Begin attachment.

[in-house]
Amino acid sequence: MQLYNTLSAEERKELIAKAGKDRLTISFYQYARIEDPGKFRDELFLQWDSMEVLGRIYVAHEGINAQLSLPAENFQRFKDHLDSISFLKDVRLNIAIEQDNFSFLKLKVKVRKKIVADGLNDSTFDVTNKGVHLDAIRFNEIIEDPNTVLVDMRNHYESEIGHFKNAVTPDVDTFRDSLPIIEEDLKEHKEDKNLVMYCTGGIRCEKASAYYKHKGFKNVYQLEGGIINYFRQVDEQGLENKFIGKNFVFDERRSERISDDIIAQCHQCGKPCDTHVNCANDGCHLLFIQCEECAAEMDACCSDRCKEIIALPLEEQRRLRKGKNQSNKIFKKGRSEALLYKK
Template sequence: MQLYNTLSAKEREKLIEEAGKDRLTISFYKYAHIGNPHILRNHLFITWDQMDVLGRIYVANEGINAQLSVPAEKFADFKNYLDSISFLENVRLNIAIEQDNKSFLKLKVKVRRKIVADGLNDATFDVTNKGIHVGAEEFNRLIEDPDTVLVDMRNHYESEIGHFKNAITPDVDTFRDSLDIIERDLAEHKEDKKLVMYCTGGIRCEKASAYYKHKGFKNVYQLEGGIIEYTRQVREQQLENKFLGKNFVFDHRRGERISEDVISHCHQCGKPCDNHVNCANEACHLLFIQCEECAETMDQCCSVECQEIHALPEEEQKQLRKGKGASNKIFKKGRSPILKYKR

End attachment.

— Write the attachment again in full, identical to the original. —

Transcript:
[in-house]
Amino acid sequence: MQLYNTLSAEERKELIAKAGKDRLTISFYQYARIEDPGKFRDELFLQWDSMEVLGRIYVAHEGINAQLSLPAENFQRFKDHLDSISFLKDVRLNIAIEQDNFSFLKLKVKVRKKIVADGLNDSTFDVTNKGVHLDAIRFNEIIEDPNTVLVDMRNHYESEIGHFKNAVTPDVDTFRDSLPIIEEDLKEHKEDKNLVMYCTGGIRCEKASAYYKHKGFKNVYQLEGGIINYFRQVDEQGLENKFIGKNFVFDERRSERISDDIIAQCHQCGKPCDTHVNCANDGCHLLFIQCEECAAEMDACCSDRCKEIIALPLEEQRRLRKGKNQSNKIFKKGRSEALLYKK
Template sequence: MQLYNTLSAKEREKLIEEAGKDRLTISFYKYAHIGNPHILRNHLFITWDQMDVLGRIYVANEGINAQLSVPAEKFADFKNYLDSISFLENVRLNIAIEQDNKSFLKLKVKVRRKIVADGLNDATFDVTNKGIHVGAEEFNRLIEDPDTVLVDMRNHYESEIGHFKNAITPDVDTFRDSLDIIERDLAEHKEDKKLVMYCTGGIRCEKASAYYKHKGFKNVYQLEGGIIEYTRQVREQQLENKFLGKNFVFDHRRGERISEDVISHCHQCGKPCDNHVNCANEACHLLFIQCEECAETMDQCCSVECQEIHALPEEEQKQLRKGKGASNKIFKKGRSPILKYKR